Wednesday, July 16, 2014

Importance of DOCTYPE declaration in (X)HTML

From my experience, I can remember many cases where I knew for sure that I have written a HTML document correctly with Javascript and CSS, still it is not rendered properly in the browser. Few weeks back, I encountered the same problem and like every time it is the DOCTYPE declaration which is the reason for this mess. So. I thought of sharing my knowledge regarding DOCTYPE through this post. DOCTYPE is a declaration that we usually find in the very beginning of an HTML document (it applies to XHTML too). The first thing to remember here is that DOCTYPE is not a HTML tag. It provides some information to the browser regarding the version of HTML that has been used in the document. In other words, DOCTYPE is a meta-information for the HTML document.

What happens if we don’t specify the DOCTYPE declaration?
A DOCTYPE declaration tells the browsers to render a HTML document in standards and compliant mode. It ensures that the rendering of (X)HTML, CSS, and DOM is done in a standard way. Browsers make many assumptions and guesswork while rending a (X)HTML. If we do not specify any DOCTYPE declaration, browsers will use the “Quirks” mode and render the (X)HTML according to its own proprietary logic. Even if a (X)HTML has a valid DOCTYPE declaration but has validation errors against that DOCTYPE, the browsers may not complain and continue render it. For example, the (X)HTML below fails validation but it is rendered correctly in browsers.

<!DOCTYPE html PUBLIC "-//W3C//DTD XHTML 1.0 Strict//EN"
<html xmlns="">
<title> Test </title>

     <p>HTML content..</p></br>


Only if we have a valid DOCTYPE declaration and no validation errors with respect to the declared DOCTYPE, we can rest assure that the (X)HTML document will be properly rendered across browsers without writing any browser-specific tag. A list of valid doctypes can be found here.

The doctype declaration is significantly simplified in HTML 5. The valid declaration of HTML 5 doctype is:-

<!DOCTYPE html>

A simple (X)HTML document in html 5 will be as follows:-

<!DOCTYPE html>
<title>Document Title</title>

The content of the Document


Adding a DOCTYPE declaration to (X)HTMl documents is always the best practice. Most of tools we use to create (X)HTML documents do add a DOCTYPE declaration by default and also checks for the validity of the document against the declared DOCTYPE. The documents should only be published when there is no validation errors against a declared DOCTYPE.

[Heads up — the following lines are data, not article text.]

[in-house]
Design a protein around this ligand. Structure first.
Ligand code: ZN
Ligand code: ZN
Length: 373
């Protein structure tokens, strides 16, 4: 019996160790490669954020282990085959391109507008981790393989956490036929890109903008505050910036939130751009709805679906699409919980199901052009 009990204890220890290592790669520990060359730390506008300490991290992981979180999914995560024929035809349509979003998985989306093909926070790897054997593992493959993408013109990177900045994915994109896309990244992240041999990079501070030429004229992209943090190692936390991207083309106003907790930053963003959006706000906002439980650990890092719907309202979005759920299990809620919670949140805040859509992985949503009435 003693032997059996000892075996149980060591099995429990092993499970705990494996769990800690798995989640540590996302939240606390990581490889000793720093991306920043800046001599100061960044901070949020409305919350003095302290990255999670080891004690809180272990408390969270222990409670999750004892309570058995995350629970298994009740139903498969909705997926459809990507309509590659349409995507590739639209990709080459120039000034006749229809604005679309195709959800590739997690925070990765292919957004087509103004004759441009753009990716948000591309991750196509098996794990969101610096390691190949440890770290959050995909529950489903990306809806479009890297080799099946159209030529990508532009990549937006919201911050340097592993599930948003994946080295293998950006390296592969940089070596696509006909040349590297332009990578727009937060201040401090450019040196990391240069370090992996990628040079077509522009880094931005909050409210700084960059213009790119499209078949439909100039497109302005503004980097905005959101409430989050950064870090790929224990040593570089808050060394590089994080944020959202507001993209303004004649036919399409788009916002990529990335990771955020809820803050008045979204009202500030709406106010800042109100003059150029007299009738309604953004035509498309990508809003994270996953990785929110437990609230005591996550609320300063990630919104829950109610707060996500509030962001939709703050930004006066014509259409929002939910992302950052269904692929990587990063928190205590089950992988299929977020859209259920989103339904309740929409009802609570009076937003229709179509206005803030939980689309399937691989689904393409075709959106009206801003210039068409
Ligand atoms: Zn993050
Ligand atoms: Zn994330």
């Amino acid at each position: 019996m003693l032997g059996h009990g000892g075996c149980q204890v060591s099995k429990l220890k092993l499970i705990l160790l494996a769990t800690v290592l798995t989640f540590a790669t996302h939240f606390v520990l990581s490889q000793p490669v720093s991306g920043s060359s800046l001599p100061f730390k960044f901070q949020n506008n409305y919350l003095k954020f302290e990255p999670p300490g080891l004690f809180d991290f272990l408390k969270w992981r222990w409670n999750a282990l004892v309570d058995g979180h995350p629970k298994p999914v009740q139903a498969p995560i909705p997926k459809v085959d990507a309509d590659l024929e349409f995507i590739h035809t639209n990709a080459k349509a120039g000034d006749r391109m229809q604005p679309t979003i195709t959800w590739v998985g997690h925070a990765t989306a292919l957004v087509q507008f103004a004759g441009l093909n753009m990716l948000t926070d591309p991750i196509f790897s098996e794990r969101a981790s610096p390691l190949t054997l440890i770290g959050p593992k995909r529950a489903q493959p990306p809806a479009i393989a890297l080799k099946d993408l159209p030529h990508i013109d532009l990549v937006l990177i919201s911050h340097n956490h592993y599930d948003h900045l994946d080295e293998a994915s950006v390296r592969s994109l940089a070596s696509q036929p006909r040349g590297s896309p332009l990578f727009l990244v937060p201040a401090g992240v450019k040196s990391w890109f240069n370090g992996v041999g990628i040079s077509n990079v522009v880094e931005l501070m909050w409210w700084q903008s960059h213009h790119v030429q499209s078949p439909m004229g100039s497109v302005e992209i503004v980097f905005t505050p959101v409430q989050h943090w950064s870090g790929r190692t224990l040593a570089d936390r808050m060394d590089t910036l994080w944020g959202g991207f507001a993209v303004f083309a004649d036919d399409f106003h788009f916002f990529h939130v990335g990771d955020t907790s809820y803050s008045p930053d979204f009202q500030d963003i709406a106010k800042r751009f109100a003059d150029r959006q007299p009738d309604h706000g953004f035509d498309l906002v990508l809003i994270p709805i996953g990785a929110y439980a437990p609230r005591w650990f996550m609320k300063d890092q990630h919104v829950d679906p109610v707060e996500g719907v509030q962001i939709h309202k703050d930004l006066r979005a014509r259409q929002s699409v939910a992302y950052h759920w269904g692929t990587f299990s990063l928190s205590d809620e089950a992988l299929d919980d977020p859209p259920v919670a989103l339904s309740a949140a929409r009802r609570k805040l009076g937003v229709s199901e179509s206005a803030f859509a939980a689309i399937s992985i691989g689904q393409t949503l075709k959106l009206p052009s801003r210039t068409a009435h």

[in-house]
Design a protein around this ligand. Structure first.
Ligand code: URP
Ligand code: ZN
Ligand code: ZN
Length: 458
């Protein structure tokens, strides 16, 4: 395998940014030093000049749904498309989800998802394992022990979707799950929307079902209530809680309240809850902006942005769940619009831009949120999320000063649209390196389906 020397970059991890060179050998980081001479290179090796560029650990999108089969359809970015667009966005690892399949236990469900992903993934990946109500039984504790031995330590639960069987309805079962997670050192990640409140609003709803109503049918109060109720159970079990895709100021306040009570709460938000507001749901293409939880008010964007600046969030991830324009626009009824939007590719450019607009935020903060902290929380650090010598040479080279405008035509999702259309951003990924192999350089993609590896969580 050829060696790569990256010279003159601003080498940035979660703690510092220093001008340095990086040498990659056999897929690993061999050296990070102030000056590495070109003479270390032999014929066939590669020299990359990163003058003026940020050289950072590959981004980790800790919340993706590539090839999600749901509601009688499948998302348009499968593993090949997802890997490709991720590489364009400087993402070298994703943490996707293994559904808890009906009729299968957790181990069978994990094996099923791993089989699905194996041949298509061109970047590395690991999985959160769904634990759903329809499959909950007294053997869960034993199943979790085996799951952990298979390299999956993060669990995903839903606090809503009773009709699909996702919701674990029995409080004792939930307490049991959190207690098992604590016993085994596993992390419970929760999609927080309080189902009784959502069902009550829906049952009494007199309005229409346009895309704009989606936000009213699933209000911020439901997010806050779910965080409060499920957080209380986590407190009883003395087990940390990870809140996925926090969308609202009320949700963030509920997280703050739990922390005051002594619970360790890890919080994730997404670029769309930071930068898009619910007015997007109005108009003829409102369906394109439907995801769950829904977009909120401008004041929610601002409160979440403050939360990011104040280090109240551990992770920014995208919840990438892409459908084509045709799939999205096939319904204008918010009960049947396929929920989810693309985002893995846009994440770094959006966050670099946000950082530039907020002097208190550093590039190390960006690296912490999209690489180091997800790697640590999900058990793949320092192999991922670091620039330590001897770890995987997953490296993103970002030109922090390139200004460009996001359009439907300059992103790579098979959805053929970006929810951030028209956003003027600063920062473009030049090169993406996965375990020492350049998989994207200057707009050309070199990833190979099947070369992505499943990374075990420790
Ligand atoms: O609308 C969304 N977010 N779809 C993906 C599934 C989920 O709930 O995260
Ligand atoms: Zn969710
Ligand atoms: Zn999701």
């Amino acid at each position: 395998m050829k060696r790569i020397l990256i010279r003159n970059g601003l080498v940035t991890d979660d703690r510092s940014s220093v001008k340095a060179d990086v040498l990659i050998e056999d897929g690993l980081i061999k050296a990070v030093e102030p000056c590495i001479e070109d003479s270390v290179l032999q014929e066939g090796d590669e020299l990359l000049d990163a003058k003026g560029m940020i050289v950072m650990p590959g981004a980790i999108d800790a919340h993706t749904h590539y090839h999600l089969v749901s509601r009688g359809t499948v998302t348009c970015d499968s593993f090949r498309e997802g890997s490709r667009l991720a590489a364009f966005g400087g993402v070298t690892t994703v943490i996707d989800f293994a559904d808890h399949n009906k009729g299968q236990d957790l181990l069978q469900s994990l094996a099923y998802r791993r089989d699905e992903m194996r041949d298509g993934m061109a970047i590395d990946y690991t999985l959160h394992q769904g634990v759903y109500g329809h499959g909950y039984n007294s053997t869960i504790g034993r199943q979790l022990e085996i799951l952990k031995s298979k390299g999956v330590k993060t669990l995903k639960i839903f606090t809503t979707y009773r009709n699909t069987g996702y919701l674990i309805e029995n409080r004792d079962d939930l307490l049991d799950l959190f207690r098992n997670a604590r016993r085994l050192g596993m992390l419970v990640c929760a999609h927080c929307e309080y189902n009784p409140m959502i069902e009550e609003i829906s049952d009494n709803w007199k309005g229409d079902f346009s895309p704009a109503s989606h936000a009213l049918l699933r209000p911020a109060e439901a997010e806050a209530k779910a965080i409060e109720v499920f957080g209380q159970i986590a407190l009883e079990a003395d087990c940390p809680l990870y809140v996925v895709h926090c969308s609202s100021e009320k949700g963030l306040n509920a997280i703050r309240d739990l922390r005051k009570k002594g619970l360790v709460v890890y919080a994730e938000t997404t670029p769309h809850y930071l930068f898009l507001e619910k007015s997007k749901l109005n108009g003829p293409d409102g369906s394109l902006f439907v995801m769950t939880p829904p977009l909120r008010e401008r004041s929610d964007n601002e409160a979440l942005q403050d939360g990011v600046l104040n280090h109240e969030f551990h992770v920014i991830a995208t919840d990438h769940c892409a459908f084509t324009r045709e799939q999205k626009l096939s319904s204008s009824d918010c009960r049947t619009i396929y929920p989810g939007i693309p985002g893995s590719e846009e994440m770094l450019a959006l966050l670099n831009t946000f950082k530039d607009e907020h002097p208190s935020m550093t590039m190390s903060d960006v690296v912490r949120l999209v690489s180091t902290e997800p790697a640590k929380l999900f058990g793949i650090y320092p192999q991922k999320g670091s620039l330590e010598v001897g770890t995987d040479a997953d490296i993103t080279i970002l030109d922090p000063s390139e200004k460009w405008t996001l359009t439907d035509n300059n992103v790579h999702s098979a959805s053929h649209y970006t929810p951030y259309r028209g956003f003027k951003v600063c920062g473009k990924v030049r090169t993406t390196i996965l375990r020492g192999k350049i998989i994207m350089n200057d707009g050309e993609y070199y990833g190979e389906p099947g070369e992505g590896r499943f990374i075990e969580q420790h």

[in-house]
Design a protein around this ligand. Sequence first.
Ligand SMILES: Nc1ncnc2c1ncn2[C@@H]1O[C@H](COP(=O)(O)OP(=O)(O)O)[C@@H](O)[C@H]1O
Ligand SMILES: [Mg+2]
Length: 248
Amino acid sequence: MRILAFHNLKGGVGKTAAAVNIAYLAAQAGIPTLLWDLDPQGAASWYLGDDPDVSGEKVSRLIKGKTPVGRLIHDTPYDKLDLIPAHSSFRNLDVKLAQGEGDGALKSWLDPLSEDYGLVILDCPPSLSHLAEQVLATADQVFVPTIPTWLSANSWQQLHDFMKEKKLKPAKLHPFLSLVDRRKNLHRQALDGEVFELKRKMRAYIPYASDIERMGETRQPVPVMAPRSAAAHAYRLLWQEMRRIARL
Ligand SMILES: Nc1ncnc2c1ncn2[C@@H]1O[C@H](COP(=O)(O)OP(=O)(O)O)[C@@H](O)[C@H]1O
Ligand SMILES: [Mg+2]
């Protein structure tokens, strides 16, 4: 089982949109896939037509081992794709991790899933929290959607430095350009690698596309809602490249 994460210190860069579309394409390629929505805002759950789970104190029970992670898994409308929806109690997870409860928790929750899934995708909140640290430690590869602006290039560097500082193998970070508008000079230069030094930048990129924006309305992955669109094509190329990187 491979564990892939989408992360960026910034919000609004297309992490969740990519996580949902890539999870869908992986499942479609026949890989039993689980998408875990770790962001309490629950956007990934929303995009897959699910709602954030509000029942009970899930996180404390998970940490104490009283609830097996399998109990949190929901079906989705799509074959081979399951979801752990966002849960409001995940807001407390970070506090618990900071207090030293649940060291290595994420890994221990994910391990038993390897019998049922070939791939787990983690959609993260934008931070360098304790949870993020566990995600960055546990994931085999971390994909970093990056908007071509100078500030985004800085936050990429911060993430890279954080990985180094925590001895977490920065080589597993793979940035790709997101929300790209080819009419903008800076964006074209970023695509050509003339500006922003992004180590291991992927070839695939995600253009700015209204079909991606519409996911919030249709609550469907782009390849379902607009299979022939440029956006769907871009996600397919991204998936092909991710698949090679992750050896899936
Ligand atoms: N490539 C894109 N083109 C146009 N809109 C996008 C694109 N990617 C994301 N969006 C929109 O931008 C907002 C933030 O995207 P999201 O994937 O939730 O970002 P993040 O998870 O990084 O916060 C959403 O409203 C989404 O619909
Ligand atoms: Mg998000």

Friday, July 11, 2014

From distributed caching to in-memory data grid

Distributed caching is around since the late 1990s and has been continually evolving since then. Many new features have been added to distributed caching frameworks but simply accessing data in key/value pairs from memory was not fulfilling the expectations of the customer. In fact, storing data in key/value pair does not add much value but processing of the data do add value. So the customers were expecting to move the computation of data closer to data itself. Data grids addressed this requirement by adding features to be able to do computations on the cached data. For example data grids provide feature like querying data in the memory using standard SQL syntax, data-indexing, providing map-reduce based processing, support for various complex data models (document, relational) etc.

Distributed Caching

Since late 1990s, distributed caching technologies evolved continuously by add more and more features. While the first generation distributed caching provided simple cache clusters with a sophisticated hashing algorithm to keep track of the data. In the next generation of distributed caches, we find advanced features like high availability using partitioned or replicated architecture, ACID transactions, distributed locking, asynchronous events and active backups.

Data Grid

Although, distributed caching has evolved and matured over the years, what was missing was to bring the computation of cache data to in-memory. Data has become more and more complex over the years. New requirements like providing dynamic scalability, database-like persistence, map-reduce based processing, SQL like querying features, support for different types of data model like document, json, relational etc were coming up. Data grids addressed these requirements and also provided additional features like capability for monitoring and management, policy and security enforcement, support quality of service and easy integration with existing enterprise applications. Growing adaption of data grid is bringing in more sophisticated requirements and higher customer expectations.
The important thing to note here is that Data Grid is not backed by any specification or industry standards. So the growth of Data grid is completely based on customer requirements. Few popular Data Grid tools in terms of customer adoption are:-
  • VMWare Gemfire
  • Oracle Coherance
  • Gigaspaces-xap

Along with the previous 4 posts, I tried to cover as much as possible about caching. There are many specific areas which I'll address going forward like tools comparison. Please comment if you find anything missing or need more information and explanation.